Home Random Page



Table 1: Geographical Skills and GIS

Geographical skills may be extended into the use of digital mapping and GIS. The list illustrates how skills gained using more traditional methods may be transferred to digital mapping and GIS.
Use an extended geographical vocabulary
  • New vocabulary includes ICT keywords (such as raster and vector) and specific GIS terms
Select and use appropriate fieldwork techniques and instruments
  • Tablets or smartphones may be used to enter data directly in the field for transfer to GIS;
  • Handheld GPS systems are now accurate enough to collect location information for transfer to GIS;
  • Weather monitors and environmental data loggers may collect information for transfer to GIS.
Use maps and plans at a range of scales, including Ordnance Survey 1:25,000 and 1:50,000 maps
  • Ordnance Survey digital map data provides the basis for vector and raster mapping.
Select and use secondary sources of evidence: aerial photographs, satellite images, ICT sources
  • Aerial photographs and satellite images may be used in digital mapping and GIS;
  • Ground level digital photographs may be linked to ‘hotspots’ on a map.
Draw maps and plans at a variety of scales, using symbols, keys and scales...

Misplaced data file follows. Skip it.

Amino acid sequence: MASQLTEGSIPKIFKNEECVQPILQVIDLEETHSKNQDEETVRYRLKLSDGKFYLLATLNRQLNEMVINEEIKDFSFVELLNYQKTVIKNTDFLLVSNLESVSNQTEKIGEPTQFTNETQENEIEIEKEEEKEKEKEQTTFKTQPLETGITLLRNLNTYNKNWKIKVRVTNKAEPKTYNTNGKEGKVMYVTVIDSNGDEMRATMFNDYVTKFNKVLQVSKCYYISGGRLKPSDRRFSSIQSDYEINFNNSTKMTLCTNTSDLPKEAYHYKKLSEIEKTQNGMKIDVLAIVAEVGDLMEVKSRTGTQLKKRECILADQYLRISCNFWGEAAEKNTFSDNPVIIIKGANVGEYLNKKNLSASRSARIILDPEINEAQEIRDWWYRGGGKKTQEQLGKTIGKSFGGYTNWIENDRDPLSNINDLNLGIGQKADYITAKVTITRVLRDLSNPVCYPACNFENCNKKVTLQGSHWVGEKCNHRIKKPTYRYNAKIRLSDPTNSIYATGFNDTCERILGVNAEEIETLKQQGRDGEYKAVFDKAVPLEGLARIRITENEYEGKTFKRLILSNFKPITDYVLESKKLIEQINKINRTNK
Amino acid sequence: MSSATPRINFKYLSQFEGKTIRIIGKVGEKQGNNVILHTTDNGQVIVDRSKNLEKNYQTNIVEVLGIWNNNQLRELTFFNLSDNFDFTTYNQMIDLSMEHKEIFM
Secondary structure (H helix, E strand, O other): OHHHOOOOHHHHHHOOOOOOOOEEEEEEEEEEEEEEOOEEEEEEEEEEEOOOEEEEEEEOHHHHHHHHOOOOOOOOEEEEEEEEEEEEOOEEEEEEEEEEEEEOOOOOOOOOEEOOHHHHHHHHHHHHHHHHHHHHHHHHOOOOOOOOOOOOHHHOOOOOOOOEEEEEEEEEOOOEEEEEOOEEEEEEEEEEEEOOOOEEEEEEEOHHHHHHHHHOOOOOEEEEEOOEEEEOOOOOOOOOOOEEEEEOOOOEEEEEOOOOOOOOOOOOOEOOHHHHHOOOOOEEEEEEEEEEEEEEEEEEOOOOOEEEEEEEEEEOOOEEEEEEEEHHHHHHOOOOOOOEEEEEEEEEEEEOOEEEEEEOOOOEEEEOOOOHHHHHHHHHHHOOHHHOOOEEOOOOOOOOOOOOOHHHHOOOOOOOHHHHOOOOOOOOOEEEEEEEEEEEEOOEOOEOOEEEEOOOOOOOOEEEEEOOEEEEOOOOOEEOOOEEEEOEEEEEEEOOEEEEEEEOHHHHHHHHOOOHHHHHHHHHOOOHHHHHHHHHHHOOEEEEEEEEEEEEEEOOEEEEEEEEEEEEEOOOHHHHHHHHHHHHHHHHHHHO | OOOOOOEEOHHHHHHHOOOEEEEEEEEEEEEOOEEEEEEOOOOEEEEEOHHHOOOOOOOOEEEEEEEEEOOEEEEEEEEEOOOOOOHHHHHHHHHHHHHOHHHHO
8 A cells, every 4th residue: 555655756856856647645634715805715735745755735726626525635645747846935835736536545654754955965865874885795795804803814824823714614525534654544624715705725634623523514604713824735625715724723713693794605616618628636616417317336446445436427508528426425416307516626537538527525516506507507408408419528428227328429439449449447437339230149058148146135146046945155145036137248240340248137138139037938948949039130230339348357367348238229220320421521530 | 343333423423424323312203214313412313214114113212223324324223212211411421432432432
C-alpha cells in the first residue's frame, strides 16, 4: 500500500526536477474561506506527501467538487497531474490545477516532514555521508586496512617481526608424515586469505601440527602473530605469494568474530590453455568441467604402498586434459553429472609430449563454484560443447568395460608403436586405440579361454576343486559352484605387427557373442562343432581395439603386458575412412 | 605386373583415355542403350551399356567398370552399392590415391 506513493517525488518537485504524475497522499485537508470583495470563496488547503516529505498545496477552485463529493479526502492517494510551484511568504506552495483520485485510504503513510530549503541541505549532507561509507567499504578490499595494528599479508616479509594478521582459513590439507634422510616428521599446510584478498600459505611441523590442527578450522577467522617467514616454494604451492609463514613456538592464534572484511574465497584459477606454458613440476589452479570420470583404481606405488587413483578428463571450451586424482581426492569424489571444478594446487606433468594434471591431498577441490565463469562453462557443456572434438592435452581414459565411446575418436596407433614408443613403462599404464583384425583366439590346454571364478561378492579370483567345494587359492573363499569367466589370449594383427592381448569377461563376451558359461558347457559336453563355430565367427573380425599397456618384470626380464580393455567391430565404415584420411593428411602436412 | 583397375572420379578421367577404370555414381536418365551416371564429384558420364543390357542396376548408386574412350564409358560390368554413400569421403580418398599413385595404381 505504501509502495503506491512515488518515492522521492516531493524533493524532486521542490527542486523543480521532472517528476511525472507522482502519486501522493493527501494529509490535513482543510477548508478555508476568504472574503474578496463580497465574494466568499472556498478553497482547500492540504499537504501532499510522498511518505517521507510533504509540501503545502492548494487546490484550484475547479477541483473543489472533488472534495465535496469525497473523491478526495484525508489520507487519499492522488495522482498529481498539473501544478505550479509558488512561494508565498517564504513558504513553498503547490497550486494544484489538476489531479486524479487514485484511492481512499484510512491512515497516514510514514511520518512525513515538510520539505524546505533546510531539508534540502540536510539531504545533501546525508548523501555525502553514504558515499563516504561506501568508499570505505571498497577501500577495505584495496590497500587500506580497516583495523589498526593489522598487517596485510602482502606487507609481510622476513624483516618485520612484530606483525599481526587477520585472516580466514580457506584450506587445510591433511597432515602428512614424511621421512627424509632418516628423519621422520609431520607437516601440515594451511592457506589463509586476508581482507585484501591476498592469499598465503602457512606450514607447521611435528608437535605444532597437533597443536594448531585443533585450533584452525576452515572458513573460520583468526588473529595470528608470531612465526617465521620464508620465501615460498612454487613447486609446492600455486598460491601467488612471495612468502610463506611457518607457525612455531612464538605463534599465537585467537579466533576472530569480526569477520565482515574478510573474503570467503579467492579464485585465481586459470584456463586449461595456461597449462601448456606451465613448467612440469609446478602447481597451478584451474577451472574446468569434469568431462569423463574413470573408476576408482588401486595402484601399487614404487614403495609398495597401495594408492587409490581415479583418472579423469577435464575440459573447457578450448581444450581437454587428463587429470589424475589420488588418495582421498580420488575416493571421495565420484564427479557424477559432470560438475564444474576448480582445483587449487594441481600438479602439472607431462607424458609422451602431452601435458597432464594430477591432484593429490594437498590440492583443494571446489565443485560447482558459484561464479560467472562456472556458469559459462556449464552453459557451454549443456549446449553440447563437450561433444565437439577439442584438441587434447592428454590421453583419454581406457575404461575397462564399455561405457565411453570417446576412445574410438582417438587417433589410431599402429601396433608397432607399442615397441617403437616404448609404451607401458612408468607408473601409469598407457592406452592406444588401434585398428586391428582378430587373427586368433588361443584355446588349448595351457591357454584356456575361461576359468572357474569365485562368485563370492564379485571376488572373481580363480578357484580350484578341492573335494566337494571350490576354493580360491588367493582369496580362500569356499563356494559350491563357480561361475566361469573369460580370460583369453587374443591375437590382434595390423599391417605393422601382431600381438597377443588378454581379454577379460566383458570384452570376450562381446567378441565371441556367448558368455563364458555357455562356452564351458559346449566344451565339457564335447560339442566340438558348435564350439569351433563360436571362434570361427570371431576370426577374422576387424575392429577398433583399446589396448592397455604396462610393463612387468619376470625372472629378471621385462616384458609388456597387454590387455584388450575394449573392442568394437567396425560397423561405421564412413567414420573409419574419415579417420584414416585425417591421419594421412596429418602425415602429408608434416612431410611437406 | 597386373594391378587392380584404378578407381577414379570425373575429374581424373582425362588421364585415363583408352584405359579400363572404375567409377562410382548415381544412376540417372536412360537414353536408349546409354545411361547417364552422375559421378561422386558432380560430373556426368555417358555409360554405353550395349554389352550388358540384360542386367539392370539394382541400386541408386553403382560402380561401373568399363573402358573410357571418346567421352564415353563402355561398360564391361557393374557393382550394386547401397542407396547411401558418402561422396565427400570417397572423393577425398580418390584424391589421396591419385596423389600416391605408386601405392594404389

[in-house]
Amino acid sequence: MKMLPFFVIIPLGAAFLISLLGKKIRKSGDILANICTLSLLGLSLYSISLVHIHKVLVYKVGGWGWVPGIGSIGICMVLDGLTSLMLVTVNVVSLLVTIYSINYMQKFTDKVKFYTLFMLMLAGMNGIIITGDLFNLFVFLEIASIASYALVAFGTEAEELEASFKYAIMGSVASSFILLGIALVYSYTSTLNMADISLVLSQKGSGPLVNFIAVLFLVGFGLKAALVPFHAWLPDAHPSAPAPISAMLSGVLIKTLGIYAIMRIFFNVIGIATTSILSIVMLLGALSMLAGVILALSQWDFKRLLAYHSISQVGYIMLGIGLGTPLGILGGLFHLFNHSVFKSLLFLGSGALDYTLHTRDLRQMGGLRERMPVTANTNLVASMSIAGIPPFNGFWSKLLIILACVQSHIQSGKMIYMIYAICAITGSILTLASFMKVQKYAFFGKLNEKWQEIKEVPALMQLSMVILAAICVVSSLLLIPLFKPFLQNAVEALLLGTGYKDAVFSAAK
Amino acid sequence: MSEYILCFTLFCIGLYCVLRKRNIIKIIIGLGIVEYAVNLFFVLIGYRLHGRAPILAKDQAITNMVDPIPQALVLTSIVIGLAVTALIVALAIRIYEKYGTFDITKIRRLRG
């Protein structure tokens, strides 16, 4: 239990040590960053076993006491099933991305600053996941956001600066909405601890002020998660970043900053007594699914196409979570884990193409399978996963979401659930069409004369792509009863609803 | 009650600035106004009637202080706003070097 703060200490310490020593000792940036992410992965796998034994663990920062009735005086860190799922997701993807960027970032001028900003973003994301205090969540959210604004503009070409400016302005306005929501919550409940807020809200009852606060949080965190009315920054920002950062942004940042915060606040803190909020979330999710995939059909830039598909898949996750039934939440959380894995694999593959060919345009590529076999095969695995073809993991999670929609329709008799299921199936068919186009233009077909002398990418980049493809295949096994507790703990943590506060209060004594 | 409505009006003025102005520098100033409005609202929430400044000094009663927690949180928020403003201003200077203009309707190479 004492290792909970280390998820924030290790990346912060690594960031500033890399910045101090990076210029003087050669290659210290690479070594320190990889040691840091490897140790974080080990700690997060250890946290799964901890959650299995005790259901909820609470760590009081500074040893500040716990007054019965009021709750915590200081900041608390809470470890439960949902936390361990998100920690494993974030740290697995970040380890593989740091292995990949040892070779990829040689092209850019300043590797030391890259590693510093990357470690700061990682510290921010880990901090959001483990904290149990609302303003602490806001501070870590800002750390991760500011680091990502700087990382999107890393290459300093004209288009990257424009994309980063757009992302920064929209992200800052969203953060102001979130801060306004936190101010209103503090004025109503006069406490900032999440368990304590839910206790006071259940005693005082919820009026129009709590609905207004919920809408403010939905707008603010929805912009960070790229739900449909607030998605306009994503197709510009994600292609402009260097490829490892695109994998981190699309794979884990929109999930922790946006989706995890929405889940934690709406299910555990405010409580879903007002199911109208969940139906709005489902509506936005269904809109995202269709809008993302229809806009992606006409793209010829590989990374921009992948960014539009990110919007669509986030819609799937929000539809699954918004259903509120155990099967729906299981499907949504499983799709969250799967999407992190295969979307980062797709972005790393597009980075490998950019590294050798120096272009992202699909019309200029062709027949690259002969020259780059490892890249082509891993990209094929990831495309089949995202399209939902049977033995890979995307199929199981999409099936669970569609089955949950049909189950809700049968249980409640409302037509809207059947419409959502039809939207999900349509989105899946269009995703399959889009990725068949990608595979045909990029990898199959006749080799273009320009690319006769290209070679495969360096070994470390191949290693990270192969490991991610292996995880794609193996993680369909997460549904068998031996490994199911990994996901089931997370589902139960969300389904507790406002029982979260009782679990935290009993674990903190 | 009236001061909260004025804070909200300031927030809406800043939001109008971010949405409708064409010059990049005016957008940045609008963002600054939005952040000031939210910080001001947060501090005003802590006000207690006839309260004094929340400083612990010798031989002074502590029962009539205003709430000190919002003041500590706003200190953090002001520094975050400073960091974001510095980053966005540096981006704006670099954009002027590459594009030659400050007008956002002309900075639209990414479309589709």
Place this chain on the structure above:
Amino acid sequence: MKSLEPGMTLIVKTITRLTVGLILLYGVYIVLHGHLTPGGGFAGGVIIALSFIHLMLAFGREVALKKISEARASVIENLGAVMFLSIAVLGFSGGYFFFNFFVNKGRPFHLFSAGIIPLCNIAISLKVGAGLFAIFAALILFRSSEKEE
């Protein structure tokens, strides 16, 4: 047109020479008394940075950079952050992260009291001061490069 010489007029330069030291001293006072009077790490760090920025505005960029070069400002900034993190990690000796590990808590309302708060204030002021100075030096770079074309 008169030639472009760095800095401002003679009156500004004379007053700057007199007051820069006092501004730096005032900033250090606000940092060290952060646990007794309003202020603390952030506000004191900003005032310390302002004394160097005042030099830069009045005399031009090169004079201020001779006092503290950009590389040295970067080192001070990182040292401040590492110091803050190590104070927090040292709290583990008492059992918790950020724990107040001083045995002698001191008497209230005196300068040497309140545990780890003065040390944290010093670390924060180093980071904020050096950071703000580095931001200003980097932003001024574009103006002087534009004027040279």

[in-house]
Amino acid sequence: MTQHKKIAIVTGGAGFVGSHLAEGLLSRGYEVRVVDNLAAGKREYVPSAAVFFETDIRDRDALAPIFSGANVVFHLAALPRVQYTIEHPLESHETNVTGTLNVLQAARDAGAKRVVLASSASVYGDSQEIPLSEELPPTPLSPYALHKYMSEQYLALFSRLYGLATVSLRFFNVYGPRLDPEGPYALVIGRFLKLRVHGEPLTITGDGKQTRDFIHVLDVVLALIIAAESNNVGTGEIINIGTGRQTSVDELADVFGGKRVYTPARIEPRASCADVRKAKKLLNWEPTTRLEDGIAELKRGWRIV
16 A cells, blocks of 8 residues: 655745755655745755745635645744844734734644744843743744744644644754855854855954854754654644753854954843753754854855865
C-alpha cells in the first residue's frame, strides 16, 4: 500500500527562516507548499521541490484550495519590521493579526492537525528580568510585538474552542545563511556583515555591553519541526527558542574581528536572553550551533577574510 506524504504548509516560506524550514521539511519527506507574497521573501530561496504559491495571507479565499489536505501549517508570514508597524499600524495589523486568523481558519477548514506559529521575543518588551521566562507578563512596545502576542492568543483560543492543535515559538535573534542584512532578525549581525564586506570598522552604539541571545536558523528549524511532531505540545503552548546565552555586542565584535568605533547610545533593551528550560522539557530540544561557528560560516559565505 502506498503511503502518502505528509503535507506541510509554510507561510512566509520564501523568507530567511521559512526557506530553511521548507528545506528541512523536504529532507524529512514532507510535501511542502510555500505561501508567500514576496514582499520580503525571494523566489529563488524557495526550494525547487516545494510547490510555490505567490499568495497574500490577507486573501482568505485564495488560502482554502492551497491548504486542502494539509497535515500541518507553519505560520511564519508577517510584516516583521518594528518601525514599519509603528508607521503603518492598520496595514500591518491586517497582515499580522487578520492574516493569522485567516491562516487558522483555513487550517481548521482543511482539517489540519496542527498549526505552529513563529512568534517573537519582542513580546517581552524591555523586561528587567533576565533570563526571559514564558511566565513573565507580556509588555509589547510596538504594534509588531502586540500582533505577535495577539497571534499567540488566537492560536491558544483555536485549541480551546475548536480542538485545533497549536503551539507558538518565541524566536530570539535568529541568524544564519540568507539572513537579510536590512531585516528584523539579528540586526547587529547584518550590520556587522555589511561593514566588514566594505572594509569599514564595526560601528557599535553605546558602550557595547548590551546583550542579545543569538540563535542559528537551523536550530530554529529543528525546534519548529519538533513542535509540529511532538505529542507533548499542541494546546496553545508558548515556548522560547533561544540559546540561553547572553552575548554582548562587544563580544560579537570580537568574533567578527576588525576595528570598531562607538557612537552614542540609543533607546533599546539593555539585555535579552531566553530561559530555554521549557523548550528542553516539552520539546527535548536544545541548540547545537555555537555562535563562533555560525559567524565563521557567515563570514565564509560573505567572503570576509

GIS explores raster and vector maps:
  • Draw and edit maps and plans in a GIS editor;
  • Import a variety of digital maps and plans in different formats;
  • Add information to maps and plans from a set of data;
  • Select separate vector map layers;
  • Zoom in and out at different scales and pan around an enlarged map;
  • Measure distances (in a straight line or along a feature), areas or perimeters accurately; Understand geo-referencing
  • Select and use appropriate graphical techniques to present evidence on maps and diagrams including the use of ICT.
Present data at points, lines and areas (closed polygons) on maps using the functions of a GI.
  • Areas: Choropleth and thematic maps.
  • Lines: Flow lines of traffic or journeys by people.
  • Points: Diagrams (bar charts, pie charts, divided pie charts, proportional circles and pie charts) at places on the maps
  • Add pictures and notes at locations on the maps.

Date: 2015-04-20; view: 1563

<== previous page | next page ==>
What is GIS? | How Nanotechnology Works
doclecture.net - lectures - 2014-2024 year. Copyright infringement or personal data (0.006 sec.)